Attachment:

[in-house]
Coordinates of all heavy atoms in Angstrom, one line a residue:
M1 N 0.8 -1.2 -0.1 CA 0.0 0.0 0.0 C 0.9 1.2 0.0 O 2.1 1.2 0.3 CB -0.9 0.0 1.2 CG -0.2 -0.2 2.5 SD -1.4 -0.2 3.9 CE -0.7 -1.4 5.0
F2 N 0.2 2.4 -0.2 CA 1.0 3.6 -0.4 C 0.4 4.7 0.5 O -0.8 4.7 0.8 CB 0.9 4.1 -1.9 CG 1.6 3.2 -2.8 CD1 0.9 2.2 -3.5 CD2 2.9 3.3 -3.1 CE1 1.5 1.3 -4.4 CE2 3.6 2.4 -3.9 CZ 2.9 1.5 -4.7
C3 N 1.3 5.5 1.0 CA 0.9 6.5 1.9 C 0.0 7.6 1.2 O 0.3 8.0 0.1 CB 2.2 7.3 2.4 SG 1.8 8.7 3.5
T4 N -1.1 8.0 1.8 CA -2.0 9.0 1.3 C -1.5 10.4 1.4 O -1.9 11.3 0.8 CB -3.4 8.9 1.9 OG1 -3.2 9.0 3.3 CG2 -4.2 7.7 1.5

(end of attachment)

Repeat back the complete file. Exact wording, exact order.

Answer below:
[in-house]
Coordinates of all heavy atoms in Angstrom, one line a residue:
M1 N 0.8 -1.2 -0.1 CA 0.0 0.0 0.0 C 0.9 1.2 0.0 O 2.1 1.2 0.3 CB -0.9 0.0 1.2 CG -0.2 -0.2 2.5 SD -1.4 -0.2 3.9 CE -0.7 -1.4 5.0
F2 N 0.2 2.4 -0.2 CA 1.0 3.6 -0.4 C 0.4 4.7 0.5 O -0.8 4.7 0.8 CB 0.9 4.1 -1.9 CG 1.6 3.2 -2.8 CD1 0.9 2.2 -3.5 CD2 2.9 3.3 -3.1 CE1 1.5 1.3 -4.4 CE2 3.6 2.4 -3.9 CZ 2.9 1.5 -4.7
C3 N 1.3 5.5 1.0 CA 0.9 6.5 1.9 C 0.0 7.6 1.2 O 0.3 8.0 0.1 CB 2.2 7.3 2.4 SG 1.8 8.7 3.5
T4 N -1.1 8.0 1.8 CA -2.0 9.0 1.3 C -1.5 10.4 1.4 O -1.9 11.3 0.8 CB -3.4 8.9 1.9 OG1 -3.2 9.0 3.3 CG2 -4.2 7.7 1.5